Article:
The following month, Transparency Institute Guyana Inc. deemed the actions of another of the Granger’s Minister as corrupt. “By any international standard, the conduct of Mr. Harmon and by extension, the Government, constitutes corruption”, TIGI said. That Minister is also a central executive member of the same PNC. Questioned by the media not too long after, the LEADER OF THE PARTY was quick to state that TIGI should verify information before making wild accusations in the media. The same TIGI he had, while in opposition, agreed with when it described the then administration as being corrupt. Like his colleague, Harmon was successful in causing public outcry over his actions, though it had not reached the stage of people calling for his resignation. And despite upsetting a fraction of the population, the President refused again to take action against or sanction Harmon for his actions. Did party politics trump national interest here? Or nah?


Harmon, no stranger to controversy (or so it seems) was featured again in the press for controversial deals he boldly spearheaded with parties he heavily criticized while in opposition; BK and BaiShanLin, the latter he described in 2014 as being a company which was “stifling the development of Guyana.” The exposure of these deals by local print Kaieteur News, was the straw that broke the camel’s back. Criticisms subsequently (re)mounted against Hamon, to the point where people were calling for, and expecting him to resign from office. Even the AFC – the second largest faction in the coalition Government – issued a call for him to be stripped of some of his responsibilities. Sadly, the LEADER OF THE PARTY (of which Harmon is a central executive member), once again, failed to react and respond to the public outcry and calls for the minister to be sanctioned or dismissed; much to the likeness of Harmon. But the buck didn’t stop there. The Leader of the Party went as far as to defend Harmon against the AFC, stating that he does not believe the minister – who currently holds three other portfolios – should be stripped of any responsibilities. So can we now say that party politics trumped national interest? Or still nah?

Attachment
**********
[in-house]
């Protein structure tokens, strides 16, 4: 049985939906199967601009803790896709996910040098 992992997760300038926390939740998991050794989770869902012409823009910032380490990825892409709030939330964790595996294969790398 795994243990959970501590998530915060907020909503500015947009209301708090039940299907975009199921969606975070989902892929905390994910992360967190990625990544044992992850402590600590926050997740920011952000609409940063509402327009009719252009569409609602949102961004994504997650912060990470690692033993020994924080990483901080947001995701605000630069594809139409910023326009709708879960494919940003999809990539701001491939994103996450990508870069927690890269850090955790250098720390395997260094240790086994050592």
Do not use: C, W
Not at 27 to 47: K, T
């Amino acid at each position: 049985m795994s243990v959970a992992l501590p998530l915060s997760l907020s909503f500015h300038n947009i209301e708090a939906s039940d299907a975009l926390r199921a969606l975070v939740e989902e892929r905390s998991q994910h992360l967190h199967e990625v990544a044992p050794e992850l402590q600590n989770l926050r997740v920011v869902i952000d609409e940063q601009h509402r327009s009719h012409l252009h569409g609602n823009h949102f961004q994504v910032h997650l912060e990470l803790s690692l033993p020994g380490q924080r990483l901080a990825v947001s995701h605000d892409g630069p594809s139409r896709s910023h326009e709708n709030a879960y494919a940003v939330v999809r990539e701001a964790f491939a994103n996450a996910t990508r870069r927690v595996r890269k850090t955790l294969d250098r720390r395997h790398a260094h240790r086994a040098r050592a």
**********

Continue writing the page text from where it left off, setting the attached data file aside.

It is understood and accepted that while executing his duties as President or as Head-of-State, the President is still the leader of the political party from which he emerged. However, when public interest and party interest come into conflict, is it not reasonable for the citizens of the country who elected you to the highest office, demand that you act in their interest first?

In those instances, can we conclude that President Granger spoke and acted in his capacity as President of Guyana or as leader (or President) of the PNC? In my estimation, this honourable man (no sarcasm intended) did not remove his party cap and replace it with his Head-of-State cap. Clearly, he does not (or refuses to) realise that public interest will always outweigh the interest of the party, since, even with the support of the party alone, one cannot win a national election. Hopefully he realises (sooner than later) that he is not the President of the PNC, but rather the President of Guyana – a country desperately in need of a political figure that is capable of navigating it towards political maturity.


2 thoughts on “Granger: President of Guyana? Or President of PNC?”

Leave a Reply

Fill in your details below or click an icon to log in:

WordPress.com Logo

You are commenting using your WordPress.com account. Log Out /  Change )

Google photo

You are commenting using your Google account. Log Out /  Change )

Twitter picture

You are commenting using your Twitter account. Log Out /  Change )

Facebook photo

You are commenting using your Facebook account. Log Out /  Change )

Connecting to %s